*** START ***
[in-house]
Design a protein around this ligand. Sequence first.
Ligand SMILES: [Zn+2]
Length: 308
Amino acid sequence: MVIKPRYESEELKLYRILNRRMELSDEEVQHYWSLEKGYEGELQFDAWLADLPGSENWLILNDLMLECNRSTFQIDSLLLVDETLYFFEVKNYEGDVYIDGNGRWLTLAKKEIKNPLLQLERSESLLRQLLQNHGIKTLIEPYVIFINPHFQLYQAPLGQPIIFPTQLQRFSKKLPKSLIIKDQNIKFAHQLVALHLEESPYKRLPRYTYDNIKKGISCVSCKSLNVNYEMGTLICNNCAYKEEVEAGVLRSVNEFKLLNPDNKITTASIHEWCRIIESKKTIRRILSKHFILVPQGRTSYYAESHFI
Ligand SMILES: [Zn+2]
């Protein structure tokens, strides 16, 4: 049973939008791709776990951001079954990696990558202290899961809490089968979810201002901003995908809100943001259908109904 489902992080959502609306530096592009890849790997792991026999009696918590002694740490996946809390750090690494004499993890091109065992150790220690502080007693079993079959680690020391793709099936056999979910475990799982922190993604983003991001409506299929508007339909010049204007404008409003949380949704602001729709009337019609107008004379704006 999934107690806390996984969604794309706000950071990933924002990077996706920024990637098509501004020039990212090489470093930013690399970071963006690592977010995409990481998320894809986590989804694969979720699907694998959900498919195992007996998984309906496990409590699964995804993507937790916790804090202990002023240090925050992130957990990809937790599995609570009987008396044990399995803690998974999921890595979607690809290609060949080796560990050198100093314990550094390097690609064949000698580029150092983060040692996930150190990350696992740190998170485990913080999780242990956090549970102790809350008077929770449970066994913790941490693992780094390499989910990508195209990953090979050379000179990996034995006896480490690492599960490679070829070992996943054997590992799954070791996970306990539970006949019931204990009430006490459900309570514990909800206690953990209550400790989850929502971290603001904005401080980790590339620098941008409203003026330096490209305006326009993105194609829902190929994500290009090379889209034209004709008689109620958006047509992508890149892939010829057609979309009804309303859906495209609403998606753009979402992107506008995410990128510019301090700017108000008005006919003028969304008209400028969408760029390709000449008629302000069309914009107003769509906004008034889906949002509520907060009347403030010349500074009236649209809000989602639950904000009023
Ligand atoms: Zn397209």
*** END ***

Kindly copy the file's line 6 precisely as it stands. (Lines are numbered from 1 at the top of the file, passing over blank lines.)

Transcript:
Ligand SMILES: [Zn+2]